The information in this page is provided as a free resource for renters in Phoenix. It is not legal advice. If you need legal advice or additional legal help, contact

Does Phoenix have “rent control?”

Rent is not regulated in Phoenix. And cities in Arizona aren’t allowed to create their own rent control. That means landlords anywhere in Arizona can charge whatever price they think is appropriate.

What does it mean to have a “safe, habitable” place to live in Phoenix ?

Landlords in Phoenix have to do the following:

  • Follow all laws about health and safety in buildings
  • Make repairs and keep the rental in livable condition
  • Take care of the shared areas of the building, like hallways and stairwells, and keep them safe and clean
  • Make sure renters have working electricity, plumbing, heating, air-conditioning and similar services and appliances
  • Provide trash cans and garbage removal services
  • Supply running water, including hot water, at all times

Heat and Air Conditioning

Landlords in Phoenix have to supply reasonable heating and cooling—but only if heating and cooling units are installed in the rental and required by seasonal weather conditions. There aren’t specific rules about when heating or cooling is “required by weather conditions.” Landlords aren’t required to provide heating or cooling if the rental unit is built in a way that heat, air-conditioning, cooling or hot water are controlled exclusively by the renter and supplied directly by a utility company.

Hot Water

Landlords in Phoenix have to supply running water and reasonable amounts of hot water, unless the rental unit is built in a way that water is controlled exclusively by the renter and supplied directly by a utility company.

Does my landlord have to provide smoke detectors or carbon monoxide detectors in Phoenix ?

Phoenix landlords must install approved smoke detectors in each residential unit of any new housing construction. Landlords also must install an approved smoke detector in each unit if a sleeping area is remodeled and the remodel requires a permit.

Renters are responsible for keeping smoke detectors in working condition, unless the renter notifies the landlord of a malfunction in the smoke detector—the the landlord is responsible for repairing or replacing the malfunctioning smoke detector.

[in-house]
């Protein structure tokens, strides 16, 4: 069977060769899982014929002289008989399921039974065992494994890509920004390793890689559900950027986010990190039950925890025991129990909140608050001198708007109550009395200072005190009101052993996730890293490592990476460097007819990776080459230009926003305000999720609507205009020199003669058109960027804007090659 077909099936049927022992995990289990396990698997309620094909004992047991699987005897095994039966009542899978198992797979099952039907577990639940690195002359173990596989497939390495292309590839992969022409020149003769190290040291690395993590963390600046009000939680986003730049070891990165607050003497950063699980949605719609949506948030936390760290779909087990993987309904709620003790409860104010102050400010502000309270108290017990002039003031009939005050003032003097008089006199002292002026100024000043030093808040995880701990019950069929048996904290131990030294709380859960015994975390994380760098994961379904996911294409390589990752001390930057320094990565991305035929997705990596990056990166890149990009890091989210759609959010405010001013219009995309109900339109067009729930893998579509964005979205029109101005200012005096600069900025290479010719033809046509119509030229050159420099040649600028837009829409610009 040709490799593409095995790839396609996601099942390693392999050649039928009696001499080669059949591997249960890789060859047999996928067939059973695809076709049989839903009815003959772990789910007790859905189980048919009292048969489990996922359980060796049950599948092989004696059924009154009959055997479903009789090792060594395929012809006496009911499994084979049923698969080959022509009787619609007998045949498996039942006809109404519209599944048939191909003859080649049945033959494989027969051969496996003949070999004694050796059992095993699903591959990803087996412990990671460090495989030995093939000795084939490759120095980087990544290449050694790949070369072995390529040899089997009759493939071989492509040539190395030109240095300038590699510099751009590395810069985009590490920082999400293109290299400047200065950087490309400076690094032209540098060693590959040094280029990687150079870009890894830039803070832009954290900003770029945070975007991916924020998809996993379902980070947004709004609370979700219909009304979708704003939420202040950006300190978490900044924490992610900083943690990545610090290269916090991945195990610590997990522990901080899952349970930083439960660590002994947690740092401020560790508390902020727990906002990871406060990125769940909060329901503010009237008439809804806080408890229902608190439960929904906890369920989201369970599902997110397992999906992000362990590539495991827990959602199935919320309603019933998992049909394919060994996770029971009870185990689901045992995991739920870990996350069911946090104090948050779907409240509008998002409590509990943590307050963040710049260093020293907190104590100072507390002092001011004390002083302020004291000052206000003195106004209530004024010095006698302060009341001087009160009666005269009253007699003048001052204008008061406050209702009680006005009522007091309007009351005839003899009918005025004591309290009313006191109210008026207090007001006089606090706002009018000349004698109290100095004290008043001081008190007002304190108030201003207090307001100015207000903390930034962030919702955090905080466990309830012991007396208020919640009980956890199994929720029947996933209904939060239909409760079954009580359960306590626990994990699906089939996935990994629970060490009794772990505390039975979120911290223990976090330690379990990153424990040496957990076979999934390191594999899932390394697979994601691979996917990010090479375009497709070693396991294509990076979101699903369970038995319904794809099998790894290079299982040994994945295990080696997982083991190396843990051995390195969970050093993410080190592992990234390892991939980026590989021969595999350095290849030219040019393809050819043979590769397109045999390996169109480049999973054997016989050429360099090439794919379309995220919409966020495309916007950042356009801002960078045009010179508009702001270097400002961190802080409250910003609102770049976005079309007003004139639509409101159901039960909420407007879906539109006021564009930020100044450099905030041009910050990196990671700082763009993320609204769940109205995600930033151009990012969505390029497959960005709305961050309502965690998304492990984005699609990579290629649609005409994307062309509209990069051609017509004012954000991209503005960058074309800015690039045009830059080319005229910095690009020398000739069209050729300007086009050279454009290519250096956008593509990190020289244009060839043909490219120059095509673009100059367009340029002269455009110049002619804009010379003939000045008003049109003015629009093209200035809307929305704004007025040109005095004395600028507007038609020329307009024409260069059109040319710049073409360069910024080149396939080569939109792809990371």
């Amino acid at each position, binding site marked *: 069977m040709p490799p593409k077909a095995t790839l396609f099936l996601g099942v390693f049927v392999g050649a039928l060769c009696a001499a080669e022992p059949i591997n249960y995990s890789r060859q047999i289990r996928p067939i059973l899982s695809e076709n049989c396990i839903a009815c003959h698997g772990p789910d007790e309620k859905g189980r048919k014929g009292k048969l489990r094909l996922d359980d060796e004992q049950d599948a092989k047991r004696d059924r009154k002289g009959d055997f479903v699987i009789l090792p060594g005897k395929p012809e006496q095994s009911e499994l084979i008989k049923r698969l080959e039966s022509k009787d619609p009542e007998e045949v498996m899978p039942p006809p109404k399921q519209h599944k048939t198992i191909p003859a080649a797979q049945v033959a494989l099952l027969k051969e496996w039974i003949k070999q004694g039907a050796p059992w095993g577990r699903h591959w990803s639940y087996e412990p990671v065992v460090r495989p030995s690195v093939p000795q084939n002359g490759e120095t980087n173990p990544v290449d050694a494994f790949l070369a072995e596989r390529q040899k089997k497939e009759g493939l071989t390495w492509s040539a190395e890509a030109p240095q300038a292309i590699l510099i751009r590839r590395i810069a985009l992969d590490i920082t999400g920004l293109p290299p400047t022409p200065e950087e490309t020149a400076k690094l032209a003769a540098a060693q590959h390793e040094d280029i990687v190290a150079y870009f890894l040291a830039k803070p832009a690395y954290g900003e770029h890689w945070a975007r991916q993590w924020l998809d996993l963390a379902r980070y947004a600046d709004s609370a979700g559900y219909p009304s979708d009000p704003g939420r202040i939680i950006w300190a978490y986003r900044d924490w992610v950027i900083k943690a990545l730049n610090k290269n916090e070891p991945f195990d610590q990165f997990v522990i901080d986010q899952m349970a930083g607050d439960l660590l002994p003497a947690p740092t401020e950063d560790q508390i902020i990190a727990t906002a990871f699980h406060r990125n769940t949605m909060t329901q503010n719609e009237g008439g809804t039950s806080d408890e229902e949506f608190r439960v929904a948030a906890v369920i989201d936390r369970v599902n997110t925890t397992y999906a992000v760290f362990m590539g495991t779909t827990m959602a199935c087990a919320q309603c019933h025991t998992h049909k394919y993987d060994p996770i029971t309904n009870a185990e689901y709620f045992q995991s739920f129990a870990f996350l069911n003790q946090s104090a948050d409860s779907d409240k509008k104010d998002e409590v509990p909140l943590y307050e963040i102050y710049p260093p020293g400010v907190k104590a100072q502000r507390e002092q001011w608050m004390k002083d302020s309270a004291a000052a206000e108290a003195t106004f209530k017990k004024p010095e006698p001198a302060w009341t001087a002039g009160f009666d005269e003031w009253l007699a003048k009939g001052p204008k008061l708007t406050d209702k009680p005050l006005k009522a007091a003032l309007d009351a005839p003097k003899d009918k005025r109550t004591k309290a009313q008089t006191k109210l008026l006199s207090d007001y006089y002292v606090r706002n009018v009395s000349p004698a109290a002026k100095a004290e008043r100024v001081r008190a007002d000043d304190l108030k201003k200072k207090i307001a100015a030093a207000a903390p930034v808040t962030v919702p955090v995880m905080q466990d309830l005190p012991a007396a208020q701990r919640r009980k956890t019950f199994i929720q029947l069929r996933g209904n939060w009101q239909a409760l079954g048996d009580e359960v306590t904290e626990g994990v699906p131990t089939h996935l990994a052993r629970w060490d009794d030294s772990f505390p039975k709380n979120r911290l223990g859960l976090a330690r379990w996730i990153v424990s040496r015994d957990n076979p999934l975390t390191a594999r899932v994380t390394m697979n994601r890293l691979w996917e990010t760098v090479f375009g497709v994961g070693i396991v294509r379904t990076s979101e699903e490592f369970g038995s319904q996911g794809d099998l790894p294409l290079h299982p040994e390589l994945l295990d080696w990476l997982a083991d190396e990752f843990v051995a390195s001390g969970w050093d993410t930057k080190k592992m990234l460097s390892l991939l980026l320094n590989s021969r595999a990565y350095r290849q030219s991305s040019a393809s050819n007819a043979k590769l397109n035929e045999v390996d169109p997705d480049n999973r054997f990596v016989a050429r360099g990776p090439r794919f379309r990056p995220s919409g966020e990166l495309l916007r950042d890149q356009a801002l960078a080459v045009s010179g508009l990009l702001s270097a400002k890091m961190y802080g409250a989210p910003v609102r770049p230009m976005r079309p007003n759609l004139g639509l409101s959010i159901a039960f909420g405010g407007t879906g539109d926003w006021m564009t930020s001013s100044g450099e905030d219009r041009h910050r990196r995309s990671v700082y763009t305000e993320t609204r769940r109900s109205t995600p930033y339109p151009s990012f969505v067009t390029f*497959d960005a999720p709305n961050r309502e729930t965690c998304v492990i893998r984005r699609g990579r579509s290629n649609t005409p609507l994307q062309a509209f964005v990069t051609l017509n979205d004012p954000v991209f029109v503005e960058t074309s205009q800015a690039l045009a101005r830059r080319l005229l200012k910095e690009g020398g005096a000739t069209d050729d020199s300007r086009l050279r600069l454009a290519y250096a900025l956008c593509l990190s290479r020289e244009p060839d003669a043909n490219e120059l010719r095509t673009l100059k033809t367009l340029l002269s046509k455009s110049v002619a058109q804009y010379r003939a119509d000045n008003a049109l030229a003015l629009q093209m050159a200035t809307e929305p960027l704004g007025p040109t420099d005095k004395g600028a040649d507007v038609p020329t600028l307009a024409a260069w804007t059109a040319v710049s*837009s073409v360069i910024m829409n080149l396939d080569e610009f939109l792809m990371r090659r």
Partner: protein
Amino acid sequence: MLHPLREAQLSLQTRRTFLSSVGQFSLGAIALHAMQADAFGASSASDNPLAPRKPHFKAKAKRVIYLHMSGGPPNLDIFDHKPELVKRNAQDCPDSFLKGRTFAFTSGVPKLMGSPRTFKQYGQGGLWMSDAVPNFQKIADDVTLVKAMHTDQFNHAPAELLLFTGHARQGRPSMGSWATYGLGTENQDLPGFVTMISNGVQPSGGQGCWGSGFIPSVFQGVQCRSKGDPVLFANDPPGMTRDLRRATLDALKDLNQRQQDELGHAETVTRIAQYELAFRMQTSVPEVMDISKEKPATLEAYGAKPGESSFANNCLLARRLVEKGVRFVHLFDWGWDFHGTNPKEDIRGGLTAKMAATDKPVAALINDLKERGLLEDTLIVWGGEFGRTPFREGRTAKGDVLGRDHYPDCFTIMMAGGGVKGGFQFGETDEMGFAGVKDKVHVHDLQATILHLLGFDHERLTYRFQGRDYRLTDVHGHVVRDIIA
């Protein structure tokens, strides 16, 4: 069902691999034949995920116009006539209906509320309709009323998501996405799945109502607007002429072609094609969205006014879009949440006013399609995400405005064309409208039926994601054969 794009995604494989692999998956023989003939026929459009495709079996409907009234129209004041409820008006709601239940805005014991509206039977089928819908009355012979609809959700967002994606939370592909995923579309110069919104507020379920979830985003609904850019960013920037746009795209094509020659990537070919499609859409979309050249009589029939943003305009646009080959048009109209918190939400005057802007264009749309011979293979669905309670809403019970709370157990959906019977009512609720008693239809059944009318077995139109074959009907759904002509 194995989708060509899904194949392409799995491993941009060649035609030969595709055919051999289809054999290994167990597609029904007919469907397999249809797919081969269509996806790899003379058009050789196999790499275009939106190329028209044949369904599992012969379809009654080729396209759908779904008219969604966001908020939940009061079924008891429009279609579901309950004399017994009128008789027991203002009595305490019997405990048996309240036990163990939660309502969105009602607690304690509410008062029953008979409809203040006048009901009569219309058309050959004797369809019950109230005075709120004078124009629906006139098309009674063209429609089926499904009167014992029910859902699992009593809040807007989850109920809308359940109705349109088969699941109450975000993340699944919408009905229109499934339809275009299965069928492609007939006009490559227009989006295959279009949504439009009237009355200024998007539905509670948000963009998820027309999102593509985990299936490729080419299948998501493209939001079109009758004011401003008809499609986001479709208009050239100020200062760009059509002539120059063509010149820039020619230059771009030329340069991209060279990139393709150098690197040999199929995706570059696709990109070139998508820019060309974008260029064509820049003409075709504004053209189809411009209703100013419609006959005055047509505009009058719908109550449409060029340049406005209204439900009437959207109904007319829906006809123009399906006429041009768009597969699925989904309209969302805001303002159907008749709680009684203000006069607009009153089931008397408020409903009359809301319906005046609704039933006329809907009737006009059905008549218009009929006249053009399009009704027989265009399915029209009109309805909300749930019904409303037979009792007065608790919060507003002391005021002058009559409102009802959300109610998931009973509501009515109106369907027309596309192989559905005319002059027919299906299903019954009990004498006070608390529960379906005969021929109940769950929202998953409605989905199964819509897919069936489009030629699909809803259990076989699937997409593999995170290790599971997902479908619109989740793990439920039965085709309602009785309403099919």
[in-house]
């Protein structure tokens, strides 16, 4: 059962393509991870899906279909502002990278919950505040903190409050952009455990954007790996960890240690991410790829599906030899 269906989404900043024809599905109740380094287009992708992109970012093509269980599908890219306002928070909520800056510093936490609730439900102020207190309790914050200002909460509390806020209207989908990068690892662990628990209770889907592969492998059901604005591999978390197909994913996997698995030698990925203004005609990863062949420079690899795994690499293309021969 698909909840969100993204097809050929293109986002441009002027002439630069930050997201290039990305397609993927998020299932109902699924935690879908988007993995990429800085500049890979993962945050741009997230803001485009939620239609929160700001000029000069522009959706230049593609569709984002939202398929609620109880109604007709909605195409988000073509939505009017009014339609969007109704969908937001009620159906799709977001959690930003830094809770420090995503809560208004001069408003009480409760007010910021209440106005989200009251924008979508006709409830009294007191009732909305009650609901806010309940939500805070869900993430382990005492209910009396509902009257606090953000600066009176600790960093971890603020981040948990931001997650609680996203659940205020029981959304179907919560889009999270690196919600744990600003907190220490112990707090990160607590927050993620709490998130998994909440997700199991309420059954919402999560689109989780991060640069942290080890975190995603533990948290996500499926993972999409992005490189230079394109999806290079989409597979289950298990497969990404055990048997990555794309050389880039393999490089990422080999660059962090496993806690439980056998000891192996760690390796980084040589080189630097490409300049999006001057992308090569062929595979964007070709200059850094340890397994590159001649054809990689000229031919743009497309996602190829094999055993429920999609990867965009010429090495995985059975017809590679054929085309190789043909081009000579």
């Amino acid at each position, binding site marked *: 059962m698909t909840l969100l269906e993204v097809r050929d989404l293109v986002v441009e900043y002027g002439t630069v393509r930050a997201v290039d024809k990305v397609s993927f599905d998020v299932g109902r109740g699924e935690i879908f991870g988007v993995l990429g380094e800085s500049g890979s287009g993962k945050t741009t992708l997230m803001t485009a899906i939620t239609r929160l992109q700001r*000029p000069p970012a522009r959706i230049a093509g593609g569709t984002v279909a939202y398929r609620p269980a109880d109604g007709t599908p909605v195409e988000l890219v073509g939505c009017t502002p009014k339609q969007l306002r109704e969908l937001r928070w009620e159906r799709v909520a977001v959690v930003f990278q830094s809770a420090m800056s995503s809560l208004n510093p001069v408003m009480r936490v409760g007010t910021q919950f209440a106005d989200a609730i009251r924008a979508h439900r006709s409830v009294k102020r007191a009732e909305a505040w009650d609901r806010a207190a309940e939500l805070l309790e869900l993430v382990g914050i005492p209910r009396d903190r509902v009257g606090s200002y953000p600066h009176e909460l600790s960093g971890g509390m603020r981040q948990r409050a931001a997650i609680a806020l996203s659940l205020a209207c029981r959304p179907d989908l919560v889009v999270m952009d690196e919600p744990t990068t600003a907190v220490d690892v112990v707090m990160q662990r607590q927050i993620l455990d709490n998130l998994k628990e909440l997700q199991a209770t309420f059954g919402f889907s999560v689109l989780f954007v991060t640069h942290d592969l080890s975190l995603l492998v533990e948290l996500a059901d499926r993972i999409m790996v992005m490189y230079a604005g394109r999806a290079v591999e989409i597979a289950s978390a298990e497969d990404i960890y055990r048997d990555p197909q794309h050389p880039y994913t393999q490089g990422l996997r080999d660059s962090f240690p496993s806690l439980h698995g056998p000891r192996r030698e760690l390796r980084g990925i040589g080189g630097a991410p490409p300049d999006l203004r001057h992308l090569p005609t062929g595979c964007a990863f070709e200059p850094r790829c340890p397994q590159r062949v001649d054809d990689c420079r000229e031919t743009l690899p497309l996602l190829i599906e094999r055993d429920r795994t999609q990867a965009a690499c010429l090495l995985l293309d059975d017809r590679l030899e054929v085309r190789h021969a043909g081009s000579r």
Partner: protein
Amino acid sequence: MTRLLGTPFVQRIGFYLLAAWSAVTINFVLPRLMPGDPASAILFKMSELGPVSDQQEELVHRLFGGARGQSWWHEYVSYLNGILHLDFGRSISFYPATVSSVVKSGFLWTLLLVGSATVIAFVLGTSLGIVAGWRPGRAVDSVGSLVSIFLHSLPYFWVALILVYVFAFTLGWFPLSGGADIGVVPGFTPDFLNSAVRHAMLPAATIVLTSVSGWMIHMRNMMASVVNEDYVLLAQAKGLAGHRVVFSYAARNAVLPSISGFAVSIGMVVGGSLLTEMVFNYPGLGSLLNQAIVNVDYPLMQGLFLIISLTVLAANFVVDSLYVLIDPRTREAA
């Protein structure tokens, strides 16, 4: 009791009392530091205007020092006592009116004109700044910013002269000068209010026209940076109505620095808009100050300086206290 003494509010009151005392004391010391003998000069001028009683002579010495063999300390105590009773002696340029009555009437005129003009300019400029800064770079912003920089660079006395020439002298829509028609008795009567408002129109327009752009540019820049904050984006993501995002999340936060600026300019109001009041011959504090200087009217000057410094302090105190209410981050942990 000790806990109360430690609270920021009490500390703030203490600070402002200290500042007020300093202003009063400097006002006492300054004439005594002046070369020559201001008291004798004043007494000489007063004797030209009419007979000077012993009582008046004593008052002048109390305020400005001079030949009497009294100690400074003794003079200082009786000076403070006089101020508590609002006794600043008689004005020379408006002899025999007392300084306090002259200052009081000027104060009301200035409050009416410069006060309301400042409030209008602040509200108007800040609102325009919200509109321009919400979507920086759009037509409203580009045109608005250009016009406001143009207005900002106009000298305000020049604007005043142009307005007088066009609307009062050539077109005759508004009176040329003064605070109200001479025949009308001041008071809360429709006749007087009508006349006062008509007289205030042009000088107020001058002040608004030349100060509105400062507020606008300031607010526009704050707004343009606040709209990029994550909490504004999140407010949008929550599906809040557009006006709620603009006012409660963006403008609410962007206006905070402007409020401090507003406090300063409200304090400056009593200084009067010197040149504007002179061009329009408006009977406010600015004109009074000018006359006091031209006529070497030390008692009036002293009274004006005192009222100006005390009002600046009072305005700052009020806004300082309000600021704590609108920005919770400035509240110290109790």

SixFifty couldn’t find any laws requiring landlords to provide or maintain carbon monoxide detectors in Phoenix.

How long does my landlord have to fix problems at my apartment in Phoenix?

Usually, that depends on how severe the problem is. If the repair is an emergency, which “materially affects health and safety,” landlords must make the repair within five days. For most issues, landlords should complete repairs within ten days of being notified by the tenant.

What can I do if my landlord can’t or won’t fix problems at my apartment in Phoenix?

Repair and Deduct

If a Phoenix landlord fails to make a repair after being notified of an issue, renters may be able to pay for the repair and deduct that cost from their next rent payment. There are important rules and limitations to this process.

1. The renter must notify the landlord, in writing, that the renter plans to repair the issue at the landlord’s expense.
2. The landlord has 10 days (or shorter, if the issue is an emergency) to complete the repair.
3. If the landlord still hasn’t completed the repair, the renter can pay for the work to be done by a licensed contractor
4. The renter must give their landlord an itemized receipt and a “Waiver of Lien” from the contractor. A sample Waiver of Lien can be found on page 48 of this guide from the City of Phoenix.
5. The renter can deduct up 1/2 of the monthly rent cost from their next rent payment.